Author: This is my very first attempt at a fanfiction! However, flames and criticisms are welcome. Other comments too, as they will improve my writing.
Disclaimer: I do not own RK. If I do, Misao would be the main character blink and put in more Aoshi/Misao interactions
Prologue – In the Rain
A mid-aged farmer took ginger steps towards his broken hut, wincing at every agonizing movement, and cursed the weather loudly over the resounding thunder at a distance. Another day of sweat, work and rest is like a dull trance for him; every time he raised his hoe, every time he swung his rusty sickle, his back would always remind him of his condition.
He groaned as he suppressed the urge to collapse here and then. He looked up and glanced warily at darkening sky, grey clusters of cloud looming ominously above, and trudged on, for he'd rather bear with the pain for just a few more moments, reaching his suddenly looking nice and dry hut, than being soaked to the bones.
"Mou, Kurosuke! You shouldn't be out this late! Your back has been acting up again, hasn't it? Here, let me help – I've got dinner ready," a woman with kind brown eyes supported the man carefully, and he was more than content to let his wife do so. He smiled inwardly to himself; Kea is a patient and caring woman, never complaining about their lifestyle, and always encouraging him and their family even in the darkest of times. Thinking that, Kurosuke frowned, his guilt increased everyday by barely providing enough for his family. He sighed as he looked at their tattered rags, hardly qualified as clothing. Kea gave him and understanding look, patting him reassuringly as she led him to one of the two only room sin the hut.
Kurosuke could not help but straighten his back proudly at the sight of their daughter. Only six years of age, Kayko already understood the way they must work to survive, and was lending her papa all the help she could. Ever so energetic, petite girl bounced up and down, her long braid swing back and forth behind her. "Papa!" the girl practically launched herself at her weary father, almost knocking him off balance.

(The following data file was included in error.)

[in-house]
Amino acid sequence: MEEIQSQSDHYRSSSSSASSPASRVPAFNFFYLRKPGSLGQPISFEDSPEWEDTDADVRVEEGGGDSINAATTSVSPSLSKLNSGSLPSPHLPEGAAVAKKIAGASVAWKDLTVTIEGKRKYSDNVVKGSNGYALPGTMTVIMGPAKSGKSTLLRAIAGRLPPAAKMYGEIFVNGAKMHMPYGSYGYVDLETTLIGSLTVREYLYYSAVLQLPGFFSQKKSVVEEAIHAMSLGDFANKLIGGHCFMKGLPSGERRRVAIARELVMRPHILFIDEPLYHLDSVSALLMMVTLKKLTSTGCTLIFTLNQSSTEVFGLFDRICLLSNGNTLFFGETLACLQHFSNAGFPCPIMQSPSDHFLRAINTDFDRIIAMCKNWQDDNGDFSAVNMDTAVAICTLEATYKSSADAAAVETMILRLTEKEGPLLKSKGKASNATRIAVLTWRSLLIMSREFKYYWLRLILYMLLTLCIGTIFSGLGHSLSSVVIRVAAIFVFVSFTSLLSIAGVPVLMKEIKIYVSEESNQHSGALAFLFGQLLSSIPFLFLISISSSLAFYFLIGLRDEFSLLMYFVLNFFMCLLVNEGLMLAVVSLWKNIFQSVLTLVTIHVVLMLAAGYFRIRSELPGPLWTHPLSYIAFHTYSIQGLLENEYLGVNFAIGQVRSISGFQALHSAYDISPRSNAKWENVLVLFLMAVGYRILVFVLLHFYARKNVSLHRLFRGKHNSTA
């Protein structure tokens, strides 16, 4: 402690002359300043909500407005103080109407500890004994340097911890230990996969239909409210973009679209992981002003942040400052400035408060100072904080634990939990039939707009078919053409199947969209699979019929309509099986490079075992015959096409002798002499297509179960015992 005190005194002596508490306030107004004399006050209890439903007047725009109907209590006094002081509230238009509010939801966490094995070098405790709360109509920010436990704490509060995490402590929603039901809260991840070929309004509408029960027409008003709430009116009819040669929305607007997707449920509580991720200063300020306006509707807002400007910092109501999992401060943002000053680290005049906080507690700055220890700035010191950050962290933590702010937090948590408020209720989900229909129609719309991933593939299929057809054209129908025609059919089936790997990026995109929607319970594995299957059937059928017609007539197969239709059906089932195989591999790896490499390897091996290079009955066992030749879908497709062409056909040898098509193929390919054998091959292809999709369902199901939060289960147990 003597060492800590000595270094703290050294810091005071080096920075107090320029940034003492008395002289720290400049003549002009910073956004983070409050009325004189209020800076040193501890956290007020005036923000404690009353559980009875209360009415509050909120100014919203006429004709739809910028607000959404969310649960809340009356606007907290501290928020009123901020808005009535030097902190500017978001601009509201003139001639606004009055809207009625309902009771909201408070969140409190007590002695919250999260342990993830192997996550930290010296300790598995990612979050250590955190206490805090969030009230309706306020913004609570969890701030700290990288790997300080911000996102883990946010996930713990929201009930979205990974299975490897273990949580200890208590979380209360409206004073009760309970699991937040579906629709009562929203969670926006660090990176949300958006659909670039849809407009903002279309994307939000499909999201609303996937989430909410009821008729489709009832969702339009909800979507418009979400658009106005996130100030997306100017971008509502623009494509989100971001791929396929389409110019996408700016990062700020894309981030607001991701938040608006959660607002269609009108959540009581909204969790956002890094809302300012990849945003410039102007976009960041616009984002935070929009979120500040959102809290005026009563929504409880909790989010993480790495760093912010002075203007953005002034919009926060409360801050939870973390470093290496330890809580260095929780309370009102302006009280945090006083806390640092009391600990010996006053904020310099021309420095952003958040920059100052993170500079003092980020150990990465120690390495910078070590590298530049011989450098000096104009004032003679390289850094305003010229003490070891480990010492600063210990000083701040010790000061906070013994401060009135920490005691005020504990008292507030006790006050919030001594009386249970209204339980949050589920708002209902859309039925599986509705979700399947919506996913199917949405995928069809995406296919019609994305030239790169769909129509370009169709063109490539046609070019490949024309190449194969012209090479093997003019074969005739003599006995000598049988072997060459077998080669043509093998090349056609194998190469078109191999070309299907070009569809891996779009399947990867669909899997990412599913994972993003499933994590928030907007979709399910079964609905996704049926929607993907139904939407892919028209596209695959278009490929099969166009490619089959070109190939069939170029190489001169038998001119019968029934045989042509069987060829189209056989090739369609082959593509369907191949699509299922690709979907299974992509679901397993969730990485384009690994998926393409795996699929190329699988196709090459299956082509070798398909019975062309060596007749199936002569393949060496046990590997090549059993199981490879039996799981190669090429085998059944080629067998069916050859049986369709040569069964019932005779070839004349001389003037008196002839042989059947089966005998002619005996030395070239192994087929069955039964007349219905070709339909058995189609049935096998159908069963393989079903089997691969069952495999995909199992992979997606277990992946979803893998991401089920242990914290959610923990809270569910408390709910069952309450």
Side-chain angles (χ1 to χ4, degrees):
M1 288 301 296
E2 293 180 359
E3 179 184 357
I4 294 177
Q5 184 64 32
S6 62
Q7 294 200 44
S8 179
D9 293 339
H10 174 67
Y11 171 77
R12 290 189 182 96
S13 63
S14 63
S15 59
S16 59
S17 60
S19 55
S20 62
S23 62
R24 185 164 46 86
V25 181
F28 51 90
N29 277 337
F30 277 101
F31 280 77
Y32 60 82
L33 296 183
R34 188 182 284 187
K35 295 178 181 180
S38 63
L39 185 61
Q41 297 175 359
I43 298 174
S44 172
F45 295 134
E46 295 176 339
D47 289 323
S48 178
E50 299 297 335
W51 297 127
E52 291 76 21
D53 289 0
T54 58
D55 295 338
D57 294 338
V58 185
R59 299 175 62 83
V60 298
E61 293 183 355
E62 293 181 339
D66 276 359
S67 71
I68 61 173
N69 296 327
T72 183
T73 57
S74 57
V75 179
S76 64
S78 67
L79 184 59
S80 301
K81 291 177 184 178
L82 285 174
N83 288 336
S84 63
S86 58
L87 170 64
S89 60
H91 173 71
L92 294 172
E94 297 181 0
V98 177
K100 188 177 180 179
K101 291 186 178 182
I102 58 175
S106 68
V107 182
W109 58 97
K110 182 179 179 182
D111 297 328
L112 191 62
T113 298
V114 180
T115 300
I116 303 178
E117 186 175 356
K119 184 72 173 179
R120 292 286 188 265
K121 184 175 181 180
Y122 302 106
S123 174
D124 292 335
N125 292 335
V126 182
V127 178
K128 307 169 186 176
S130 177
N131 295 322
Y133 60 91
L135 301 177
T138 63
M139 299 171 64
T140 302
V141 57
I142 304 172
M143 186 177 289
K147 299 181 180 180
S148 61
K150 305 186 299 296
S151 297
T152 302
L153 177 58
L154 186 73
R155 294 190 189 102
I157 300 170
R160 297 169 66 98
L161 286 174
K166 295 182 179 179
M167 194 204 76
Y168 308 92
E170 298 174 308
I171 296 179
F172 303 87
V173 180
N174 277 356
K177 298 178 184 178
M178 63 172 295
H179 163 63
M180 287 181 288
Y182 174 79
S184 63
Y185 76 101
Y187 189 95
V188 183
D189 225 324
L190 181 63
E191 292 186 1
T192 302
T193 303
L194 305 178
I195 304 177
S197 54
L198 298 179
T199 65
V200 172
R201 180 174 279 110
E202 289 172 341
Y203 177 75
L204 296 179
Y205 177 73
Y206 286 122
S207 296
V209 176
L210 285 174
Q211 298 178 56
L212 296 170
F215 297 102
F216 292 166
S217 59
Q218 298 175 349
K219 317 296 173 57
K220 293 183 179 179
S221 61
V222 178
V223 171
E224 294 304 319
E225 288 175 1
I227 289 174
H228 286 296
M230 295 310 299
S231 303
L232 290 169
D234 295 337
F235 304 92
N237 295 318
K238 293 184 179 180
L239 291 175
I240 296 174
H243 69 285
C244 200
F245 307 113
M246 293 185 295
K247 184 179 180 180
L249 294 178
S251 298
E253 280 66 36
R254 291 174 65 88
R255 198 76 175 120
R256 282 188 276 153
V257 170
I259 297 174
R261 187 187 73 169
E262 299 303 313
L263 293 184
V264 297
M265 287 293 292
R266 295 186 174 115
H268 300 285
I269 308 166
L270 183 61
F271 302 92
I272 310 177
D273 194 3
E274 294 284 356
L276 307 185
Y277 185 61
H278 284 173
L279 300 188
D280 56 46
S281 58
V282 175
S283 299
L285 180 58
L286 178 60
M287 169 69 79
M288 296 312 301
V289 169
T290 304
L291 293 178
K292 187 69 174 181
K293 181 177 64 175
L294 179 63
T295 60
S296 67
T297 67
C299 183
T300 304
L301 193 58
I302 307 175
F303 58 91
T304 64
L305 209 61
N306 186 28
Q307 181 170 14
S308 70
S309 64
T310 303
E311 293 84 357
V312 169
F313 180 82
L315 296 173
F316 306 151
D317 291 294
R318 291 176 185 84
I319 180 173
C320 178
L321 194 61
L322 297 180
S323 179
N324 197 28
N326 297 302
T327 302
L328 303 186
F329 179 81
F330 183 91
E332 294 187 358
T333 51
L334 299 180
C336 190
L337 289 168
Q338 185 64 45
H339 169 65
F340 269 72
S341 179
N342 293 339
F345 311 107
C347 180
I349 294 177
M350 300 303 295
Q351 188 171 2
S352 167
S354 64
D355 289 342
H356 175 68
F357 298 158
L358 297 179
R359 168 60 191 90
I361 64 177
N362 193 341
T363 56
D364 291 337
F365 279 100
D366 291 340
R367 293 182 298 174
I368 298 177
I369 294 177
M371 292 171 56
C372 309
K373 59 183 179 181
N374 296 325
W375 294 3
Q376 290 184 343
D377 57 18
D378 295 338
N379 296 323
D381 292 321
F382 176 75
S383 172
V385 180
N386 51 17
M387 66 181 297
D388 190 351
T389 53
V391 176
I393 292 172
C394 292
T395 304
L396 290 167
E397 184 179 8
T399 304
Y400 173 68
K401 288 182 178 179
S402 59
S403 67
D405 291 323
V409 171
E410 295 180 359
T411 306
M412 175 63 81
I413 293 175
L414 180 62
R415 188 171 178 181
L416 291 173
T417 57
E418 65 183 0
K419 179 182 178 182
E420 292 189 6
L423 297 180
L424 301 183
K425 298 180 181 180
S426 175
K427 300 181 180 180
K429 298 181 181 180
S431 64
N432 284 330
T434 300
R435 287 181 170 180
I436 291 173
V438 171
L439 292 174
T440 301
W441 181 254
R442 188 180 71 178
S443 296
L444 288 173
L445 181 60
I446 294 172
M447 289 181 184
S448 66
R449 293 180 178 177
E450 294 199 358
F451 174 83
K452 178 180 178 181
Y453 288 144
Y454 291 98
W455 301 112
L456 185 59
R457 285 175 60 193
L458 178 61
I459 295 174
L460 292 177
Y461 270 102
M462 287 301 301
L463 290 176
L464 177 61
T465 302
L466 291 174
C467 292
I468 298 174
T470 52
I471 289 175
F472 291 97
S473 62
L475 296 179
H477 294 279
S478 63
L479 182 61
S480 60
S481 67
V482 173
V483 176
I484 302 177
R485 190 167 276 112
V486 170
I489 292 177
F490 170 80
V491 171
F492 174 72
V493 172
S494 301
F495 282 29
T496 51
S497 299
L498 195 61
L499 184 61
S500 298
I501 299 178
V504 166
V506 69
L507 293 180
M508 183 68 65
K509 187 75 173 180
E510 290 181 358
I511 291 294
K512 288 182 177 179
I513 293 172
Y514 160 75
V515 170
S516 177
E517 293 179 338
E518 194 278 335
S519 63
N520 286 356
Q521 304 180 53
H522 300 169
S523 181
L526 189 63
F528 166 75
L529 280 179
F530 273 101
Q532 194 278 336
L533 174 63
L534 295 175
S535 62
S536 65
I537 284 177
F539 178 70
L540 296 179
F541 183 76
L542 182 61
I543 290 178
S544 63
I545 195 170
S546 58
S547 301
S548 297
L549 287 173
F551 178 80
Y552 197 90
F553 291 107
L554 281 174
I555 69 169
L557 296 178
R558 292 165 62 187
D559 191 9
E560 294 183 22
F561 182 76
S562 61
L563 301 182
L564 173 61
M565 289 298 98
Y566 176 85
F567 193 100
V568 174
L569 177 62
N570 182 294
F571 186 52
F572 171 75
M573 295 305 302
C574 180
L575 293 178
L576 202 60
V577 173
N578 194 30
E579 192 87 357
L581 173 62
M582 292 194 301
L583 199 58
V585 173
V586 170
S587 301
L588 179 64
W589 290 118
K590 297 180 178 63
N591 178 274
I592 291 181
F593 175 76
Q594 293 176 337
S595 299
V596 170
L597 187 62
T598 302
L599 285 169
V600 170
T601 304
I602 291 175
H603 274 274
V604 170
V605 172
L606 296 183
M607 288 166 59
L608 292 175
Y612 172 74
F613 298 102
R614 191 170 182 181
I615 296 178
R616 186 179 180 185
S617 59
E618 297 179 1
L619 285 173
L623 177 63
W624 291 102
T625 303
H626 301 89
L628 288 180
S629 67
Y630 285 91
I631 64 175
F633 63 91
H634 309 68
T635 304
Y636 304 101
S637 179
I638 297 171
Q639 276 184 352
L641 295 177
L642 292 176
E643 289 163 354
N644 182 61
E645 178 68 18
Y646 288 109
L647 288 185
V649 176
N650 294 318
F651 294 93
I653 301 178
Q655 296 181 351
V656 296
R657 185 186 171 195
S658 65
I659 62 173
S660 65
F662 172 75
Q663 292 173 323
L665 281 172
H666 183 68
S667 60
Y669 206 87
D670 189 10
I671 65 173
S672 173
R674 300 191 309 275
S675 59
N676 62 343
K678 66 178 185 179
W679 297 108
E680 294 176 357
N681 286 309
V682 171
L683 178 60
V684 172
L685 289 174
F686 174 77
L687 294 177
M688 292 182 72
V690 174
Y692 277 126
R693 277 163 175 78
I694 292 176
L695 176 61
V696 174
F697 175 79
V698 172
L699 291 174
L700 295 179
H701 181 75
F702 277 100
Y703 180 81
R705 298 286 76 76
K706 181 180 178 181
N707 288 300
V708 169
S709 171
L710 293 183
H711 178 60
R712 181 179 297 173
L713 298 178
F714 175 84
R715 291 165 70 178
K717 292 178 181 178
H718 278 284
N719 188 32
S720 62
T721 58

"There, there Kayko. Your Oto-san is very tired today," scolded Kea gently, pulling her exhilarated daughter off him. "Now, now, Kea, my kawaii Kayko-chan is just glad to see her dear-old-poppi, aren't you, ne?" laughed Kurosuke whole-heartedly, giving Kayko a fatherly hug. "Ne, papa, I stacked four piles of wood today! Kayko is strong, ne?" grinned the tiny girl, the smile almost too big for her face.
"That's my little girl!" Kurosuke patted her on the head, once again guilty of their income. His family is so loving and loyal to him, yet his wife could not dress in those expensive kimonos, and his daughter cannot live a normal life, interacting with other kids. They lived in a secluded, deserted area surrounded by forests. His crops have to be sold by carriage, which had been difficult since his good ol' horse had died recently. He sighed inwardly again. He is going to get his little girl education, if it is the last thing he ever did.
"Well, let's have some warm broth, shall we? It's going to get cold!" reminded Kea, helping her husband to the chair. As they were about to start eating, ticking sounds of rain began to clatter on their fragile-looking roof, and thunder boomed somewhere in the distance.
"Quite a downpour we have, anada. Do you think our house can make it through tonight?" asked Kea worriedly, lighting up the last remaining candle they have.
"I think it's quite alright. Good thing I got in before getting plastered by all that water, ne, my Kayko-chan?" Kurosuke tickled her daughter fondly as she nodded and giggled in agreement.
Suddenly, Kayko looked out the window and asked her father in confusion, "Ne, Papa, there's a person out there! Should we let her in, Papa? It must be really cold out there!"
Kurosuke smiled at her in assurance, happy at her daughter's compassion. He pushed his face against the window, trying to get a better look of the person. Who could be doing outside at this hour, and in this storm, no less?
With the light from the lightning, Kurosuke was able to see the shadowed figure standing somewhere between his hut and the edge of the forest; a young woman stood stock still, her face facing the sky, eyes closed like one enjoying a shower. She wore tight azure pants, and a skin tight blue shirt with long, loose sleeves. She had tied her long, dark blue hair at the base of her neck, now drenched and sticking against her skin, framing her small face perfectly. Kurosuke's alarm went off as he saw a long katana belted against her hip, the dark sheath looking perilous and grim. A sword this day and age? This is the Meji era, and a woman no less…